Fifty one years ago, Blowin' In The Wind was adopted as some kind of clarion call for an energetic, shackled and questioning youth to stop relying on their elders for answers, to open their eyes to the unfairness around them, to strive to find a different path at the end of which truths would miraculously materialise.
Those who dismiss the fashion world as a vapid, ivory tower for people whose mouths are made for pouting and air-kissing (rather than eating) and models with cold dead eyes of sharks and the personality of a flannel, must visit the spectacular Somerset House exhibition, celebrating the late Isabella Blow.
Three great British directors Christopher Nolan, Mike Leigh and Ken Loach explore the relationship between filmmaking and painting for Tate's new video series. Find out which artist inspired The Joker's smeared make-up in The Dark Knight, how Turner's sketches are being brought to the big screen, and what the camera can learn from Hogarth...
The main exhibition is in the PM Gallery, a 1940s extension to Soane's building (he radically remodelled the original himself in 1800) and presents images of other museum spaces and the visitors who happen to be in them, interacting with art objects as diverse as Egyptian tombs and the most up to date contemporary art.
Among nature's countless gifts are flowers: in the simple grace of their petals, countless souls have been moved to create. But flowers speak of far more than mere beauty. As the art of ages keenly illustrates, the universal language of flowers has long been used to communicate deeper messages, instantly and wordlessly.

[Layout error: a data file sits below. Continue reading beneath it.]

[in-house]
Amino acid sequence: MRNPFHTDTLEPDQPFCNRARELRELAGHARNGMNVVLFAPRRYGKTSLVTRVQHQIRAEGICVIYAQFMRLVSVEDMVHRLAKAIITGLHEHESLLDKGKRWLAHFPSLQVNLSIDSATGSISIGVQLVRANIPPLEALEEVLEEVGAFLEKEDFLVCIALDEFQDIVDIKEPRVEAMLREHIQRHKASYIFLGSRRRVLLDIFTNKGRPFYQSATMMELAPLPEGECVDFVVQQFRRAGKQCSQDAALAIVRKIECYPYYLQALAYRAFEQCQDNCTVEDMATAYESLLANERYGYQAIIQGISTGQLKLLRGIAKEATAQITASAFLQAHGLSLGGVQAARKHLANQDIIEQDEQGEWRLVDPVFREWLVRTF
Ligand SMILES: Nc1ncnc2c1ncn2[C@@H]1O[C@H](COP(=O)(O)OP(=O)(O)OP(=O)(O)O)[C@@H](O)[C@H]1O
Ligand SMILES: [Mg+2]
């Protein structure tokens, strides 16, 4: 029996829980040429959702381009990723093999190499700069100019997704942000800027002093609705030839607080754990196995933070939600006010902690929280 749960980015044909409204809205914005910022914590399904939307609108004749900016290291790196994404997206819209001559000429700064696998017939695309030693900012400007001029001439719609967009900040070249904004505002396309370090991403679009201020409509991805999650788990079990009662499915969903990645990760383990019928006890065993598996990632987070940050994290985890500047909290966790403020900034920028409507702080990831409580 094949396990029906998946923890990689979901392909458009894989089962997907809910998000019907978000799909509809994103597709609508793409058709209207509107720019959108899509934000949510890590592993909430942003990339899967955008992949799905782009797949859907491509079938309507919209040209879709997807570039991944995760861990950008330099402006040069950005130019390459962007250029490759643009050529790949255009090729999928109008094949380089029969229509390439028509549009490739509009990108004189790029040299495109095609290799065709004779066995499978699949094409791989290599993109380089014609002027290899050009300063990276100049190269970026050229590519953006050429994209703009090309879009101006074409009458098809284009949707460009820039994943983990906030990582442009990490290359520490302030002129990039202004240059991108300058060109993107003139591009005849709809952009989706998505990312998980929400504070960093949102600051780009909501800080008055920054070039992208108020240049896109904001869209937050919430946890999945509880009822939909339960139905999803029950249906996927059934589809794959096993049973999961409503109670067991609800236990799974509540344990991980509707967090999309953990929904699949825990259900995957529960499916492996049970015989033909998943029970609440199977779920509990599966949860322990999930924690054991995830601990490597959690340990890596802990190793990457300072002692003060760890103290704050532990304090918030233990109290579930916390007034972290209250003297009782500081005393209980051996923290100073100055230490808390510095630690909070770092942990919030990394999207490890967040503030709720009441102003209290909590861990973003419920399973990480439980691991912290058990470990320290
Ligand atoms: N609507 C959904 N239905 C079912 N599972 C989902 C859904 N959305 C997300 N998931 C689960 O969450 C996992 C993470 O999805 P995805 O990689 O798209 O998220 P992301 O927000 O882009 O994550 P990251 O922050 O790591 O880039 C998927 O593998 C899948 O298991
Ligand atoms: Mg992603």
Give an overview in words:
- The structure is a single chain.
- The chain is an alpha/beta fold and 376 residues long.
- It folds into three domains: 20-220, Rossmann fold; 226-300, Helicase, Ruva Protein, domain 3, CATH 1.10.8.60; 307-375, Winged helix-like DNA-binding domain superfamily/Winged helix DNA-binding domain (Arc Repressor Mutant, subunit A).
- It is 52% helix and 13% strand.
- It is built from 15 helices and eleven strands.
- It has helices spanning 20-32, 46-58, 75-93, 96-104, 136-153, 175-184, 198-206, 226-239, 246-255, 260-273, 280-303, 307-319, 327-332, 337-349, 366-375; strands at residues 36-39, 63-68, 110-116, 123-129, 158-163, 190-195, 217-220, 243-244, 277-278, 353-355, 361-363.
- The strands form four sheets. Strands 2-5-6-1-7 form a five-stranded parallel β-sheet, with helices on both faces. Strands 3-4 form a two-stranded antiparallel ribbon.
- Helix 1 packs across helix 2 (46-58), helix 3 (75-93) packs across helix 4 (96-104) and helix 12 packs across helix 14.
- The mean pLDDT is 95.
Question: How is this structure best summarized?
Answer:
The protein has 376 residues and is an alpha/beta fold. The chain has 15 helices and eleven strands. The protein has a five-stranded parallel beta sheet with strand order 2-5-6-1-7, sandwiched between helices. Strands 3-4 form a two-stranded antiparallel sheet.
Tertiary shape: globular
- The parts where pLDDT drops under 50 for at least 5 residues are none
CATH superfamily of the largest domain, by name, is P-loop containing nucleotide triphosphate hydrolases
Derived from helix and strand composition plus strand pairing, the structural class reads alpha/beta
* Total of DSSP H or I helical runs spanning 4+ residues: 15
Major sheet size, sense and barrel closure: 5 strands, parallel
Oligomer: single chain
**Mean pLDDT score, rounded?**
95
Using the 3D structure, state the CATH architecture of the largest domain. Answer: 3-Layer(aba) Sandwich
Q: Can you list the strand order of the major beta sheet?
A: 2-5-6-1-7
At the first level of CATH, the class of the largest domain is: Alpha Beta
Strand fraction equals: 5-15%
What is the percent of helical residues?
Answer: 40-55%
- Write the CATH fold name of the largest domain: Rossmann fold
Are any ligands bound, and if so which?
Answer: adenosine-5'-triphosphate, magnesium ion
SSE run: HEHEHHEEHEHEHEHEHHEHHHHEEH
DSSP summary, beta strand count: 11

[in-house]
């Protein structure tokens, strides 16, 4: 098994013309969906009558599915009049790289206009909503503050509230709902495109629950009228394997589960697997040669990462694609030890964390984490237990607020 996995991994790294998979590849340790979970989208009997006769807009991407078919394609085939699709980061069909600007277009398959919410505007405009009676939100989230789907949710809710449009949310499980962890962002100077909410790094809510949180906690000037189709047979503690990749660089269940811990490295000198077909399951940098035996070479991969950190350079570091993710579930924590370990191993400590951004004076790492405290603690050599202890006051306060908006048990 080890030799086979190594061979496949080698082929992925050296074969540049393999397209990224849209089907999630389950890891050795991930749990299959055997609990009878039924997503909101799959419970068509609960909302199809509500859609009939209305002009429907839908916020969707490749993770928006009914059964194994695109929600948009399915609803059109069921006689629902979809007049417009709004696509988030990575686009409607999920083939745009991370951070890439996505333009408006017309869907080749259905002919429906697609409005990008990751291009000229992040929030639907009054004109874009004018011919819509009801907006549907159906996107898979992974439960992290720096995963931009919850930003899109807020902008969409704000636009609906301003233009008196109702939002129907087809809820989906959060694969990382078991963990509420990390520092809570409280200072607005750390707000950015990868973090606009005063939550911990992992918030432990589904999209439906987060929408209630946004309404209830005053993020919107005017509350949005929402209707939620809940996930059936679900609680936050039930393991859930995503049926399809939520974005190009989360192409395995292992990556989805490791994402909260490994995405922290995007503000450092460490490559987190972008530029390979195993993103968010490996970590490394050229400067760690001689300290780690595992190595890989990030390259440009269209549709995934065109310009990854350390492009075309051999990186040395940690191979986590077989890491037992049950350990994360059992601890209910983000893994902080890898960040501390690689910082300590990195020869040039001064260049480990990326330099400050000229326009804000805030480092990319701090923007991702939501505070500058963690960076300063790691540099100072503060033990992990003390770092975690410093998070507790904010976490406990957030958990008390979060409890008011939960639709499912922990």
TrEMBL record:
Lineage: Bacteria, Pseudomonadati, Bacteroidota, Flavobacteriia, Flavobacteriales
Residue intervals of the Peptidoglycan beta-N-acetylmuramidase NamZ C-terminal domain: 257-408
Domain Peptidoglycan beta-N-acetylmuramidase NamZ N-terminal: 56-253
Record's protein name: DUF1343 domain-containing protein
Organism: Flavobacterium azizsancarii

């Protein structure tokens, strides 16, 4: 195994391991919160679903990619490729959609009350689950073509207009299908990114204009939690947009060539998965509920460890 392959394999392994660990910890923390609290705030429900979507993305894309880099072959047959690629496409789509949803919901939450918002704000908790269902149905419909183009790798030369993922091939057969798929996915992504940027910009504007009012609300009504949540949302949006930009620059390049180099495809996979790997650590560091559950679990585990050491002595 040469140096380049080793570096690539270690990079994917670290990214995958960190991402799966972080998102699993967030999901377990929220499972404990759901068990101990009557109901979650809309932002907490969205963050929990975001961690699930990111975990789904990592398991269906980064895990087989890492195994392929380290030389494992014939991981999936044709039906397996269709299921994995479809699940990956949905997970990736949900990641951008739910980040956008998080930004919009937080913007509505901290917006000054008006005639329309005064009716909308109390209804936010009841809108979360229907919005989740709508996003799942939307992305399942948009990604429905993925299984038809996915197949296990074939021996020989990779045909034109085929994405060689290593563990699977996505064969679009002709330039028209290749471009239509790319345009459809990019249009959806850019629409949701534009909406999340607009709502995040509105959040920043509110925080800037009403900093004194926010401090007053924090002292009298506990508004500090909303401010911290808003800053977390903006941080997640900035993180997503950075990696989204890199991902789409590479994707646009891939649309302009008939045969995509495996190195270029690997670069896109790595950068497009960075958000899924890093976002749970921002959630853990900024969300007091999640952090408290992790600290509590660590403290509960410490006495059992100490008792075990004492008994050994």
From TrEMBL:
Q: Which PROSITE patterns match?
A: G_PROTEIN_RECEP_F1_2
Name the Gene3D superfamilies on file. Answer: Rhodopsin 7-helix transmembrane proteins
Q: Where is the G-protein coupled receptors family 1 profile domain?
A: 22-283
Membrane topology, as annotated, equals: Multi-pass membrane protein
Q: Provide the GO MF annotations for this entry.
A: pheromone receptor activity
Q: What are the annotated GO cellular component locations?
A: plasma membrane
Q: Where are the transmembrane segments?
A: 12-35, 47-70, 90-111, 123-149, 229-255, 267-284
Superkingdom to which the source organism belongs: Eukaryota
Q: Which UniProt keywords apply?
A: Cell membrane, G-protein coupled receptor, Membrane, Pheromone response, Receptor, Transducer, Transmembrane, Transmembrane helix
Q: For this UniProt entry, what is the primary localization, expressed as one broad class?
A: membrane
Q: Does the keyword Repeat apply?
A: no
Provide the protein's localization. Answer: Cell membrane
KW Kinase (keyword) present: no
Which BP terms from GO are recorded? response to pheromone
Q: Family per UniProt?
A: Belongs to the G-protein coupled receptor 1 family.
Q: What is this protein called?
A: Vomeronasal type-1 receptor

Ever wondered what a JMW Turner seascape painting might taste like? Fishy, if you ask chef Rachel Khoo. Or how a Frances Bacon triptych might sound - dark and moodily rockin', if you ask the band Everything Everything. This might sound like some strange experiment in synaesthesia; in fact, its for a video series I've been making to mark the launch of the new Tate Britain...
This week, Tate's original building re-opens after a £45million face-lift. Tate Britain is glamorous once more, a temple of cool and contemplation. Tate was a gift to the public from Henry Tate, a sugar baron. He donated his great collection of British art to the nation as well as £110,000 to pay for a new gallery on condition that the state would look after it.
We will continue our cultural relations work well beyond the planned withdrawal of NATO forces from Afghanistan next year; because we firmly believe that, along with the promotion of governance, security and development, the promotion of culture is a critical fourth foundation of Afghanistan's future.
Last Friday evening we launched 'Apocalypse Boutique' - fantastically varied series of rare screen-prints, linoprints, etchings and original canvases by British artist Stanley Donwood.